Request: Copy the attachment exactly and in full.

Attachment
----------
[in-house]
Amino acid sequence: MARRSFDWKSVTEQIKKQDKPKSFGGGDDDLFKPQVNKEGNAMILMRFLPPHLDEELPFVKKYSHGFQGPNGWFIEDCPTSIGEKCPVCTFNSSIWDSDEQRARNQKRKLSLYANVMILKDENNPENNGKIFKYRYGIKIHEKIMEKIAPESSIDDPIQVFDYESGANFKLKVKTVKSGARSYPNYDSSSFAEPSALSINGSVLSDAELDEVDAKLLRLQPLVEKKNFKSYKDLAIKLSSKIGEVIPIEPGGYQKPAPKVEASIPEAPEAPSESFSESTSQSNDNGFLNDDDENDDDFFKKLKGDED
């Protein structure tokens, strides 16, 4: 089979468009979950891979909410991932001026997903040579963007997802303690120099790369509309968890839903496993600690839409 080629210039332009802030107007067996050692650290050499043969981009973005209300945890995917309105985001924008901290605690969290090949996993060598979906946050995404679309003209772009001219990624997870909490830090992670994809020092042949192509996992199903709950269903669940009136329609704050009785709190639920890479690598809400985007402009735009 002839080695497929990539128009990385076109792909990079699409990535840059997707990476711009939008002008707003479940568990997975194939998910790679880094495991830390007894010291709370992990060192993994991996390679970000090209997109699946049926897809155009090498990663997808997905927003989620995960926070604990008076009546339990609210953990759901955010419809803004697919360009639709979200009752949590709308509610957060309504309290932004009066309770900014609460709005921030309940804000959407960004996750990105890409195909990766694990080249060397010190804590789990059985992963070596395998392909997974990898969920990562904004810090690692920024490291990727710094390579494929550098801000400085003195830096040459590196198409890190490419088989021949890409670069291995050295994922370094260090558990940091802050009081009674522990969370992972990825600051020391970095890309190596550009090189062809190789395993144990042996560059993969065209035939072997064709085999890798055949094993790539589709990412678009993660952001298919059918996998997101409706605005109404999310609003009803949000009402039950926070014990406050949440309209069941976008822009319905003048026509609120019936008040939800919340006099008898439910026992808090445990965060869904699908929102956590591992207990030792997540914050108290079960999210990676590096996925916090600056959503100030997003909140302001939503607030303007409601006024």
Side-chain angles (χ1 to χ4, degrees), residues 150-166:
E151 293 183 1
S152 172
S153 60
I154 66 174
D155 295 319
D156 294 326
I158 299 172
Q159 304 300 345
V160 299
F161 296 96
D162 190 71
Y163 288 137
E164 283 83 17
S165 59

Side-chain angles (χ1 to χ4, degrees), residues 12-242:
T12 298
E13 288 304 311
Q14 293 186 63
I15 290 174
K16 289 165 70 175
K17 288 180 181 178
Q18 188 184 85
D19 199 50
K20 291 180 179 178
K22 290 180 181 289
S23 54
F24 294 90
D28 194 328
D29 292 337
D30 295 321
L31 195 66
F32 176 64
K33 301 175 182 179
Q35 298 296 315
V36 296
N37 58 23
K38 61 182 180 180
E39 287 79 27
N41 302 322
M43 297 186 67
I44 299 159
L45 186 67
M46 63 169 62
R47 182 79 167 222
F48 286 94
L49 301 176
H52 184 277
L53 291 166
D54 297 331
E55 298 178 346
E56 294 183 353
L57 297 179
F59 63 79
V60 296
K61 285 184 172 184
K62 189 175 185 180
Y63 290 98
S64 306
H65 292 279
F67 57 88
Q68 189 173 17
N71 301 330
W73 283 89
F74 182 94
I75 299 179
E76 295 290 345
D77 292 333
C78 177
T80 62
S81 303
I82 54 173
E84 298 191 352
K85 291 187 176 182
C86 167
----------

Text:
[in-house]
Amino acid sequence: MARRSFDWKSVTEQIKKQDKPKSFGGGDDDLFKPQVNKEGNAMILMRFLPPHLDEELPFVKKYSHGFQGPNGWFIEDCPTSIGEKCPVCTFNSSIWDSDEQRARNQKRKLSLYANVMILKDENNPENNGKIFKYRYGIKIHEKIMEKIAPESSIDDPIQVFDYESGANFKLKVKTVKSGARSYPNYDSSSFAEPSALSINGSVLSDAELDEVDAKLLRLQPLVEKKNFKSYKDLAIKLSSKIGEVIPIEPGGYQKPAPKVEASIPEAPEAPSESFSESTSQSNDNGFLNDDDENDDDFFKKLKGDED
């Protein structure tokens, strides 16, 4: 089979468009979950891979909410991932001026997903040579963007997802303690120099790369509309968890839903496993600690839409 080629210039332009802030107007067996050692650290050499043969981009973005209300945890995917309105985001924008901290605690969290090949996993060598979906946050995404679309003209772009001219990624997870909490830090992670994809020092042949192509996992199903709950269903669940009136329609704050009785709190639920890479690598809400985007402009735009 002839080695497929990539128009990385076109792909990079699409990535840059997707990476711009939008002008707003479940568990997975194939998910790679880094495991830390007894010291709370992990060192993994991996390679970000090209997109699946049926897809155009090498990663997808997905927003989620995960926070604990008076009546339990609210953990759901955010419809803004697919360009639709979200009752949590709308509610957060309504309290932004009066309770900014609460709005921030309940804000959407960004996750990105890409195909990766694990080249060397010190804590789990059985992963070596395998392909997974990898969920990562904004810090690692920024490291990727710094390579494929550098801000400085003195830096040459590196198409890190490419088989021949890409670069291995050295994922370094260090558990940091802050009081009674522990969370992972990825600051020391970095890309190596550009090189062809190789395993144990042996560059993969065209035939072997064709085999890798055949094993790539589709990412678009993660952001298919059918996998997101409706605005109404999310609003009803949000009402039950926070014990406050949440309209069941976008822009319905003048026509609120019936008040939800919340006099008898439910026992808090445990965060869904699908929102956590591992207990030792997540914050108290079960999210990676590096996925916090600056959503100030997003909140302001939503607030303007409601006024």
Side-chain angles (χ1 to χ4, degrees), residues 150-166:
E151 293 183 1
S152 172
S153 60
I154 66 174
D155 295 319
D156 294 326
I158 299 172
Q159 304 300 345
V160 299
F161 296 96
D162 190 71
Y163 288 137
E164 283 83 17
S165 59

Side-chain angles (χ1 to χ4, degrees), residues 12-242:
T12 298
E13 288 304 311
Q14 293 186 63
I15 290 174
K16 289 165 70 175
K17 288 180 181 178
Q18 188 184 85
D19 199 50
K20 291 180 179 178
K22 290 180 181 289
S23 54
F24 294 90
D28 194 328
D29 292 337
D30 295 321
L31 195 66
F32 176 64
K33 301 175 182 179
Q35 298 296 315
V36 296
N37 58 23
K38 61 182 180 180
E39 287 79 27
N41 302 322
M43 297 186 67
I44 299 159
L45 186 67
M46 63 169 62
R47 182 79 167 222
F48 286 94
L49 301 176
H52 184 277
L53 291 166
D54 297 331
E55 298 178 346
E56 294 183 353
L57 297 179
F59 63 79
V60 296
K61 285 184 172 184
K62 189 175 185 180
Y63 290 98
S64 306
H65 292 279
F67 57 88
Q68 189 173 17
N71 301 330
W73 283 89
F74 182 94
I75 299 179
E76 295 290 345
D77 292 333
C78 177
T80 62
S81 303
I82 54 173
E84 298 191 352
K85 291 187 176 182
C86 167